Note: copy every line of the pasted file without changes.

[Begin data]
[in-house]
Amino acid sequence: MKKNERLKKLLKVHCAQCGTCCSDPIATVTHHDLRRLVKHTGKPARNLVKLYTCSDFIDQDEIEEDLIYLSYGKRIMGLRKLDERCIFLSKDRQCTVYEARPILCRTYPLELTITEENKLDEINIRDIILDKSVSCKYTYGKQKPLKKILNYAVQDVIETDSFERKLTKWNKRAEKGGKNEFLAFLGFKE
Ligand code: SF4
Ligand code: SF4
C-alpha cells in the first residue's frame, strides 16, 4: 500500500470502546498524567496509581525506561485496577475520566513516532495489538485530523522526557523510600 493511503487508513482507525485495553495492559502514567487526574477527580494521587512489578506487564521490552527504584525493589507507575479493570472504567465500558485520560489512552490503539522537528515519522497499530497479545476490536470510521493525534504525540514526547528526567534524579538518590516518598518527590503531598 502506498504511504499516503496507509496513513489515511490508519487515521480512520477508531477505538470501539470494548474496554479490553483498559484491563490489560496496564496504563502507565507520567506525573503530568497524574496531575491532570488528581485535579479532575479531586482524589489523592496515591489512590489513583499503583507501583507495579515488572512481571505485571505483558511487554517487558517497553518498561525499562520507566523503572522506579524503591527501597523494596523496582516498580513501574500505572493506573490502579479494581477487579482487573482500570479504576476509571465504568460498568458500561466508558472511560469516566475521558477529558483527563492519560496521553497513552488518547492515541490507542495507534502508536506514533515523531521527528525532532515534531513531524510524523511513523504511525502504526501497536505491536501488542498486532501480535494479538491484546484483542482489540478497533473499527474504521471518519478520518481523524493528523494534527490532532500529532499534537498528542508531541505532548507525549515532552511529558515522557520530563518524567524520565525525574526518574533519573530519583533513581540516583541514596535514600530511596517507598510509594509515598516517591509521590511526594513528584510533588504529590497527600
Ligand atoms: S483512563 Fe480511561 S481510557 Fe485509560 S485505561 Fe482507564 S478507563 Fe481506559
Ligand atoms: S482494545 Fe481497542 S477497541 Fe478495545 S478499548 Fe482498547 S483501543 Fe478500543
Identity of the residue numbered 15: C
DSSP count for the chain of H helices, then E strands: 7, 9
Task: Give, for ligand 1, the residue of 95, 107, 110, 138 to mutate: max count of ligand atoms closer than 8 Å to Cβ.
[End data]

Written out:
[in-house]
Amino acid sequence: MKKNERLKKLLKVHCAQCGTCCSDPIATVTHHDLRRLVKHTGKPARNLVKLYTCSDFIDQDEIEEDLIYLSYGKRIMGLRKLDERCIFLSKDRQCTVYEARPILCRTYPLELTITEENKLDEINIRDIILDKSVSCKYTYGKQKPLKKILNYAVQDVIETDSFERKLTKWNKRAEKGGKNEFLAFLGFKE
Ligand code: SF4
Ligand code: SF4
C-alpha cells in the first residue's frame, strides 16, 4: 500500500470502546498524567496509581525506561485496577475520566513516532495489538485530523522526557523510600 493511503487508513482507525485495553495492559502514567487526574477527580494521587512489578506487564521490552527504584525493589507507575479493570472504567465500558485520560489512552490503539522537528515519522497499530497479545476490536470510521493525534504525540514526547528526567534524579538518590516518598518527590503531598 502506498504511504499516503496507509496513513489515511490508519487515521480512520477508531477505538470501539470494548474496554479490553483498559484491563490489560496496564496504563502507565507520567506525573503530568497524574496531575491532570488528581485535579479532575479531586482524589489523592496515591489512590489513583499503583507501583507495579515488572512481571505485571505483558511487554517487558517497553518498561525499562520507566523503572522506579524503591527501597523494596523496582516498580513501574500505572493506573490502579479494581477487579482487573482500570479504576476509571465504568460498568458500561466508558472511560469516566475521558477529558483527563492519560496521553497513552488518547492515541490507542495507534502508536506514533515523531521527528525532532515534531513531524510524523511513523504511525502504526501497536505491536501488542498486532501480535494479538491484546484483542482489540478497533473499527474504521471518519478520518481523524493528523494534527490532532500529532499534537498528542508531541505532548507525549515532552511529558515522557520530563518524567524520565525525574526518574533519573530519583533513581540516583541514596535514600530511596517507598510509594509515598516517591509521590511526594513528584510533588504529590497527600
Ligand atoms: S483512563 Fe480511561 S481510557 Fe485509560 S485505561 Fe482507564 S478507563 Fe481506559
Ligand atoms: S482494545 Fe481497542 S477497541 Fe478495545 S478499548 Fe482498547 S483501543 Fe478500543
Identity of the residue numbered 15: C
DSSP count for the chain of H helices, then E strands: 7, 9
Task: Give, for ligand 1, the residue of 95, 107, 110, 138 to mutate: max count of ligand atoms closer than 8 Å to Cβ.